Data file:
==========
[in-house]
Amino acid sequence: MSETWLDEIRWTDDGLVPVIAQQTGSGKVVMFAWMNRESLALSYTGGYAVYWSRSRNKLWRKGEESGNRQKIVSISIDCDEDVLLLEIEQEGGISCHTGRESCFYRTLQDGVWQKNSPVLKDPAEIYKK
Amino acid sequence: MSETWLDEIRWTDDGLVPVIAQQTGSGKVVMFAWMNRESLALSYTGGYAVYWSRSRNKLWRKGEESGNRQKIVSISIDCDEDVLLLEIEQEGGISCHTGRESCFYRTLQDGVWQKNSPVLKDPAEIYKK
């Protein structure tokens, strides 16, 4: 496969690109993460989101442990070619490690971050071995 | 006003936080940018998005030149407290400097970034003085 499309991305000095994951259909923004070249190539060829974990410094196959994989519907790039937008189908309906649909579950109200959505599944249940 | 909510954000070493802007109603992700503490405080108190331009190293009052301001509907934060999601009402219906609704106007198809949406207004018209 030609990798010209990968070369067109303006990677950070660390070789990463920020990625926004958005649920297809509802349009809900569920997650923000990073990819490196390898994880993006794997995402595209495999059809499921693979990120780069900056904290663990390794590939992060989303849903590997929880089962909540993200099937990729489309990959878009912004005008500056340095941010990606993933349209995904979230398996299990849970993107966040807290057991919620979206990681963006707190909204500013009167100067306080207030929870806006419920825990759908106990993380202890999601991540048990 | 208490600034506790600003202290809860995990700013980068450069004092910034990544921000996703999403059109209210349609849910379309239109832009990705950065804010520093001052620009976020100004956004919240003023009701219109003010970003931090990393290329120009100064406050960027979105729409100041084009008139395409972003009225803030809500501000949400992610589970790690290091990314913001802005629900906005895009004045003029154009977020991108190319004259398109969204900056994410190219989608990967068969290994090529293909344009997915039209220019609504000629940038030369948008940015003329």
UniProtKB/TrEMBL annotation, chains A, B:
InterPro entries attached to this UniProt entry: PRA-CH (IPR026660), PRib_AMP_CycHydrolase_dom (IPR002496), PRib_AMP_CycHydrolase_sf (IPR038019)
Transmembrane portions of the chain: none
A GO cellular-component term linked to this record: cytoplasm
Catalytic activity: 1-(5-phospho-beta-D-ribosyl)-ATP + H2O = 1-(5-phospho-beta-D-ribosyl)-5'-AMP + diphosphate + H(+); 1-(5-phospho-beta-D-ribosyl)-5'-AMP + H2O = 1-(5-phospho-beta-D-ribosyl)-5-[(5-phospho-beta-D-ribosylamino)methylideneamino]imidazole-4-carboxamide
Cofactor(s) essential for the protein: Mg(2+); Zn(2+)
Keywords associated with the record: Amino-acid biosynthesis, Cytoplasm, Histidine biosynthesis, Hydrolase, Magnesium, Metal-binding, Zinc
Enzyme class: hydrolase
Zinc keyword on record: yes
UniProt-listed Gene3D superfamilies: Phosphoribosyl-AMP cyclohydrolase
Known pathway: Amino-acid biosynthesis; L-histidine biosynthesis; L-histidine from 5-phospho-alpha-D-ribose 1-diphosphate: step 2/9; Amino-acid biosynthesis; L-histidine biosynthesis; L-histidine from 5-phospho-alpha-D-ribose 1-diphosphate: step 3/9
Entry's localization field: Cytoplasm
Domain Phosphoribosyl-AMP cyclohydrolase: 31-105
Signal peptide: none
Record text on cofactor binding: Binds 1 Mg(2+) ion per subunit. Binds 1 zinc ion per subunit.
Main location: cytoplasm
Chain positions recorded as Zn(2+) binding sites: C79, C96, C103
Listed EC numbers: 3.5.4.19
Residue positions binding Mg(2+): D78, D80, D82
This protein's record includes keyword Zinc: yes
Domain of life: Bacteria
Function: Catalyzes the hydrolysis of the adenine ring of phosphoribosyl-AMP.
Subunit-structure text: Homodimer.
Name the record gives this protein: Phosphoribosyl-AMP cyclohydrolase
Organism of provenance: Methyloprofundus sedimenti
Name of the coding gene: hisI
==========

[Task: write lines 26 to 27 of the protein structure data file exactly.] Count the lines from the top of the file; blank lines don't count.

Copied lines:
Function: Catalyzes the hydrolysis of the adenine ring of phosphoribosyl-AMP.
Subunit-structure text: Homodimer.